The Culture Of Mauritius

By Oishimaya Sen Nag on January 24 2019 in Society

Dancers perform the traditional Creole Sega dance in Ville Valio, Mauritius.  Editorial credit: Dmitry Chulov /
Dancers perform the traditional Creole Sega dance in Ville Valio, Mauritius. Editorial credit: Dmitry Chulov /

The island nation of Mauritius is located in the Indian Ocean. The culture of this nation is a blend of several cultures including indigenous cultures as well as those of the foreign immigrants who migrated to the island over the centuries.

Ethnicity, Language, and Religion in Mauritius

Mauritius is home to a population of around 1,364,283 individuals. The Indo-Mauritian people compose about two-thirds of the total population. Creole, Sino-Mauritian, and Franco-Mauritian comprise the rest of the population. Creole is the most widely spoken language in the country spoken by 86.5% of the population. Bhojpuri, French, English, etc., are some of the other languages spoken in Mauritius. Hinduism is the religion of 48.5% of the country’s population. Roman Catholics, Muslims, and other Christian denominations account for 26.3%, 17.3%, and 6.4% of the country’s population, respectively.

A number of festivals of various communities like the Chinese Spring Festival, Thaipoosam Cavadee (a Hindu festival), Maha Shivratree (a Hindu festival), Diwali (a Hindu festival), Eid ul-Fitr (Muslim festival), etc., are celebrated with great pomp in Mauritius.

Cuisine of Mauritius

The cuisine of Mauritius is significantly influenced by French, Chinese, Indian, Creole, and other cuisines. French dishes like tuna salad, daube, and bouillon are very popular in the country. Indian cuisine was introduced in Mauritius by indentured laborers brought to the island by Europeans after the abolition of slavery. Curry, chutney, pickles, etc., are thus widely consumed. The Chinese arrived in the country in significant numbers at the end of the 19th century. They introduced rice as the staple diet and popularized the making of noodles on the island. In the present day, a large number of Chinese and other Asian restaurants are found in Mauritius. Chicken, squid, beef, fish, and mutton are often served at these restaurants. Rum is produced throughout the island and is the most popular alcoholic beverage in the country.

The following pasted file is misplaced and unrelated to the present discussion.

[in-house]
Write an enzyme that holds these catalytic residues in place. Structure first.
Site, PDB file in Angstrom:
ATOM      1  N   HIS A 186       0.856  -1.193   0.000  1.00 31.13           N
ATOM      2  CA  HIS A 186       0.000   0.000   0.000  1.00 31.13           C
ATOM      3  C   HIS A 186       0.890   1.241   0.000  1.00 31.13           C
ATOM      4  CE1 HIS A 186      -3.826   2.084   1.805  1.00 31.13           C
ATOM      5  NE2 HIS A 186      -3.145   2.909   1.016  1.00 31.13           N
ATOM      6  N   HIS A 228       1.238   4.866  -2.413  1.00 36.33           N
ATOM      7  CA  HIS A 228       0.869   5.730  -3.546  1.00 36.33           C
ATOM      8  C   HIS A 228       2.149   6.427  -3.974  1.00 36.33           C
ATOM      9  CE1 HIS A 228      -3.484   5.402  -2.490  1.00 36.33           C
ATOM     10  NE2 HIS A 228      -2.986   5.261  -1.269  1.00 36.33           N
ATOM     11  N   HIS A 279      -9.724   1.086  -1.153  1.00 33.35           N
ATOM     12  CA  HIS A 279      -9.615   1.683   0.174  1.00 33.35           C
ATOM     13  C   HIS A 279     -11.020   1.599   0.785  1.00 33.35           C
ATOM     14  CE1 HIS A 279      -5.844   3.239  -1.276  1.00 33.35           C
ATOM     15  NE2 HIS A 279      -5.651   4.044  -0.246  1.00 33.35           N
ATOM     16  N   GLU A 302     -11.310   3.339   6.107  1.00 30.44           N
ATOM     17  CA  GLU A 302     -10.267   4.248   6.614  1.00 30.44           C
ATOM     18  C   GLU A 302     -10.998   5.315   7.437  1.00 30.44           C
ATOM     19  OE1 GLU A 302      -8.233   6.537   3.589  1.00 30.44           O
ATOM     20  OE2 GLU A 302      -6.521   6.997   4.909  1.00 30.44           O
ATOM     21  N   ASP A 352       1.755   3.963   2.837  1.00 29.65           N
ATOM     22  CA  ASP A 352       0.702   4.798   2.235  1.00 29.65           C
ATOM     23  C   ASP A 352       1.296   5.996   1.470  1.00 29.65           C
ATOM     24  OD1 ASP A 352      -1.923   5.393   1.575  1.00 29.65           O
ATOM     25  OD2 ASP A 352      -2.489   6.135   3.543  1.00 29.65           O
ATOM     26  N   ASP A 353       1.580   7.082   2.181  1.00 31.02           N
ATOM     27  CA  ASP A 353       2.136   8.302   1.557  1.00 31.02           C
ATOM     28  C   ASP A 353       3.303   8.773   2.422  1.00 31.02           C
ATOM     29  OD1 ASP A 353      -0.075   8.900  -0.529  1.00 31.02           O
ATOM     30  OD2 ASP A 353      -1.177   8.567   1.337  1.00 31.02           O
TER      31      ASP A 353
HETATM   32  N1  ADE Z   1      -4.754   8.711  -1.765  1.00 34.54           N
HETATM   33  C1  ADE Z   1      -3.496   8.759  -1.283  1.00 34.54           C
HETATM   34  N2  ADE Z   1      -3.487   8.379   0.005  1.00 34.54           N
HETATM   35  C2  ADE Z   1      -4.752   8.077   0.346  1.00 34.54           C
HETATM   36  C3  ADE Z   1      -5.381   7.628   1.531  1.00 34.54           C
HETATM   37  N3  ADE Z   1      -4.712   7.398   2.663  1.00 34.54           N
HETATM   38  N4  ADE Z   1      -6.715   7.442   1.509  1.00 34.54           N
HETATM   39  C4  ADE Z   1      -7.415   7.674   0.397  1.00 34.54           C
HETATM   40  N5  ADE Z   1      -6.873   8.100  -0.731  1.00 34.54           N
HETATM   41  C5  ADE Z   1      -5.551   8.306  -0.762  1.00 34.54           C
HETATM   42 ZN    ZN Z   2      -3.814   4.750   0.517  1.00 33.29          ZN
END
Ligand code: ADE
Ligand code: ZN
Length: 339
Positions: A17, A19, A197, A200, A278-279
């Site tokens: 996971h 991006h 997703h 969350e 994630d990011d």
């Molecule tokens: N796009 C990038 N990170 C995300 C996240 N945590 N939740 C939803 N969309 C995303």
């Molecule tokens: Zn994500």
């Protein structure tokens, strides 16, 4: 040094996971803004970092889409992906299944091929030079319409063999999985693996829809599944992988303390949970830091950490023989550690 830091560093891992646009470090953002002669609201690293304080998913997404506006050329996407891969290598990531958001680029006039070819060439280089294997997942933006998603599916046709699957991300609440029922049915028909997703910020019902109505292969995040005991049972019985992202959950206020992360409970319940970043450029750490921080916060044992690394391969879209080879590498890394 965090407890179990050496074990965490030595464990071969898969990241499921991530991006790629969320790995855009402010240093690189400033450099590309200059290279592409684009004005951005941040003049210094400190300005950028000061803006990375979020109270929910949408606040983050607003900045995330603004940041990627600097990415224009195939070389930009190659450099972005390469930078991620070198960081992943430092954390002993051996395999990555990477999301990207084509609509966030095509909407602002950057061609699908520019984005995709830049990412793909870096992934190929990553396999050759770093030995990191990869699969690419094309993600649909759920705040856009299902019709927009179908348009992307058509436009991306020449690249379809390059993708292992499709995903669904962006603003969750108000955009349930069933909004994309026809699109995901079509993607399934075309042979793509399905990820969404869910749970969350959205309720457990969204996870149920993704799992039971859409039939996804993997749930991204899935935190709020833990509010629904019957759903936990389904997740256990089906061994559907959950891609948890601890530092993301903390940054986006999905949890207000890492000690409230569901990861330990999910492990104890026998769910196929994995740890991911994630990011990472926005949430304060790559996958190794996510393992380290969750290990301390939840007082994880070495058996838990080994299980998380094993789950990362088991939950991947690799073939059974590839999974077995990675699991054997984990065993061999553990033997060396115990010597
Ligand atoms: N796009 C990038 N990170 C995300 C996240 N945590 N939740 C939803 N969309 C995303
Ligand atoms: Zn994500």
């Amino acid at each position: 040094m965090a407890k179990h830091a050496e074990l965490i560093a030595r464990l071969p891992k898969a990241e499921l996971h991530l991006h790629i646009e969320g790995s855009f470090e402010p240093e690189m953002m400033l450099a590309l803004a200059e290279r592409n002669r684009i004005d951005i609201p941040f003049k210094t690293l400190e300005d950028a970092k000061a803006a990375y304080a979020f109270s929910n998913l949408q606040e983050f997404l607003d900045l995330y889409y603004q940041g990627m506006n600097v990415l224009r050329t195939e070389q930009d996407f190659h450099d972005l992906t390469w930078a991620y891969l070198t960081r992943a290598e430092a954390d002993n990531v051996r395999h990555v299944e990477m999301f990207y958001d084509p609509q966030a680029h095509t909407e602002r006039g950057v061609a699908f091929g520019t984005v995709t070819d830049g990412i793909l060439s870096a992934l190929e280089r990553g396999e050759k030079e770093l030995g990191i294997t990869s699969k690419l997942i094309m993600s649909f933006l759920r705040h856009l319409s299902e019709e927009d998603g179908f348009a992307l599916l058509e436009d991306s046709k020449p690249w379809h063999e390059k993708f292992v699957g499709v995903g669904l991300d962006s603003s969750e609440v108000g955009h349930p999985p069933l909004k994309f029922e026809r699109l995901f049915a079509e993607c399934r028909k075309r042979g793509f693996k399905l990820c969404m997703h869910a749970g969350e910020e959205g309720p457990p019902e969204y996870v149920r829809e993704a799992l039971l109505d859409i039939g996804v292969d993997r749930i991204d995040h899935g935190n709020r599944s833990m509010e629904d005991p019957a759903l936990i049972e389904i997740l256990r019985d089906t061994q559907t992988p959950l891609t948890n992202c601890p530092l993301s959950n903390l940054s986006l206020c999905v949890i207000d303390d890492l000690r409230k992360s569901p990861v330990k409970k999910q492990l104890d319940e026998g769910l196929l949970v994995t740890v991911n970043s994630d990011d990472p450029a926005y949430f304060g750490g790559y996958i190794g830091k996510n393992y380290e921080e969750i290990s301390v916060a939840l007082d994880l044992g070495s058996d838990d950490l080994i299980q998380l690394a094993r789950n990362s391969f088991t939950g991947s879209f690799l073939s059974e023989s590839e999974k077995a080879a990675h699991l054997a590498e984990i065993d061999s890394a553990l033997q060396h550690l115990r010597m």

Literature and the Arts in Mauritius

Mauritian literature includes literary works in a variety of languages and covering many genres. It includes exoticism, post-modernism, multiracialism, miscegenation, etc.

Mauritian artists and painters produce work that is inspired by the country’s natural grandeur and spectacular landscapes. A variety of crafts are also produced by Mauritian artisans to cater to the demands of the thriving tourist market in the country. The ravanne is a round tambourine that is handcrafted with animal skin. Basketwork is an important tradition in the country and the basketry skills are transferred from mother to child through the generations. Ship modeling is also a popular craft. Detailed ship replicas are produced that are sold to tourists in the country.

Performance Arts in Mauritius

Sega music is the traditional music of Mauritius. The songs in Sega are usually in Creole. Traditional instruments like the Ravanne, Maravanne, and the traditional guitar are used to produce sega music. Sega, seggae, and reggae are the most popular musical genres in the country. Other musical genres like zouk, soukous, hip-hop, pop, etc., are also enjoyed by the Mauritians.

Sports in Mauritius

Football (soccer) and rugby union are some of the most popular spectator sports in the country. The country has national teams in both sports but they are yet to make a mark at the international level. The country won its first Summer Olympics medal in 2008 in boxing. Horse racing is regarded as the national sport of Mauritius. The oldest racecourse in the Southern Hemisphere, the Champ de Mars Racecourse, is located in this country. Horse racing has a long history and is part of the country’s heritage.

Life in the Mauritian Society

Although the traditional Mauritian society tends to be patriarchal in nature, today women in the country have access to education and employment. The Constitution of Mauritius grants equal rights and freedoms to both men and women. Several laws like the 1998 Domestic Violence Act have been formulated to protect these rights and freedoms. Around a quarter of managers in Mauritius are now women. The number of women working outside the home increased from 22% in 1985 to 41% in 1991.

Marriages in Mauritius are either by consensual choice of the couple or are arranged by their families. Inter-ethnic marriages are highly disapproved and thus, only about 8% of marriages are of this nature. Household size in Mauritius ranges from nuclear to extended households. Children are adored by all. Their upbringing is the responsibility of all family members with the mother playing the most important role in this activity. Education is free from the primary to the tertiary level. It is also compulsory until age twelve.

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